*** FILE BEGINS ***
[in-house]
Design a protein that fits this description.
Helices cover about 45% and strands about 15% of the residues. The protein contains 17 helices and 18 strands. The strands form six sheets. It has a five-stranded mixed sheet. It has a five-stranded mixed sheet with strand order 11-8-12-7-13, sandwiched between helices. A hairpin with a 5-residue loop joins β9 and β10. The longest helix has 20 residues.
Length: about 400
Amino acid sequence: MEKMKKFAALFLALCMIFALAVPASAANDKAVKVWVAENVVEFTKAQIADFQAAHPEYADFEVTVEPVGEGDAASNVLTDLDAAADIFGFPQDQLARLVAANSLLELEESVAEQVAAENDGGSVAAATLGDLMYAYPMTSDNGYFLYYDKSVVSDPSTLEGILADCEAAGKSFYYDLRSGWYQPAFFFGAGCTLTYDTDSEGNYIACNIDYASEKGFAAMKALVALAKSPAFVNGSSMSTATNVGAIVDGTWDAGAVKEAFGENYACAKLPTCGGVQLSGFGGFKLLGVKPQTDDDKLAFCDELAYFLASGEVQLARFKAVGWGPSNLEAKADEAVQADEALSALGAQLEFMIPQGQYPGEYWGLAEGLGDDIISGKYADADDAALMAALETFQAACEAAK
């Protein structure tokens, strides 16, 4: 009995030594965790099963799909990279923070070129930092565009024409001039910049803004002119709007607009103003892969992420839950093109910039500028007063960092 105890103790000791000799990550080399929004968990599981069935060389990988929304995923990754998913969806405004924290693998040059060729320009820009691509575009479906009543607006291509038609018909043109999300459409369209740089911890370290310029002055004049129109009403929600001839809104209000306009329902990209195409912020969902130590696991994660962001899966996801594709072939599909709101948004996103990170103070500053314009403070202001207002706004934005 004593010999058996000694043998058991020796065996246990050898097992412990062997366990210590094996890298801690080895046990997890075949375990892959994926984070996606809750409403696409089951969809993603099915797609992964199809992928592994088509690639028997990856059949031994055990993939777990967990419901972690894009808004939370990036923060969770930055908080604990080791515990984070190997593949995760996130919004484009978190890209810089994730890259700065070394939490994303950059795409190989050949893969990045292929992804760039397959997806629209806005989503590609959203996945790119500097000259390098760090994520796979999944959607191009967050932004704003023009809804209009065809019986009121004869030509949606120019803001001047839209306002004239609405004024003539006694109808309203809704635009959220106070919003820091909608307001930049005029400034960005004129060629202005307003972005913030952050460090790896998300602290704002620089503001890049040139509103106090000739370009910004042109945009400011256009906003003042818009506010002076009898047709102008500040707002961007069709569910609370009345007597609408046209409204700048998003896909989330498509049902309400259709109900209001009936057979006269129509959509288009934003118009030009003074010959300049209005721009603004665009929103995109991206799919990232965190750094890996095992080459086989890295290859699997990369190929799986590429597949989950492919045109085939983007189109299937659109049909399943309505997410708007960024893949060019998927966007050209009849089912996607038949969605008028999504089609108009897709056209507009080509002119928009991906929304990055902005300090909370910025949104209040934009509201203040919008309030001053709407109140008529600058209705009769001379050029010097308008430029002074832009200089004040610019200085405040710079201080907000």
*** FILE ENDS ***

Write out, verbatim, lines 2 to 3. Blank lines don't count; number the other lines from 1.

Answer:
Design a protein that fits this description.
Helices cover about 45% and strands about 15% of the residues. The protein contains 17 helices and 18 strands. The strands form six sheets. It has a five-stranded mixed sheet. It has a five-stranded mixed sheet with strand order 11-8-12-7-13, sandwiched between helices. A hairpin with a 5-residue loop joins β9 and β10. The longest helix has 20 residues.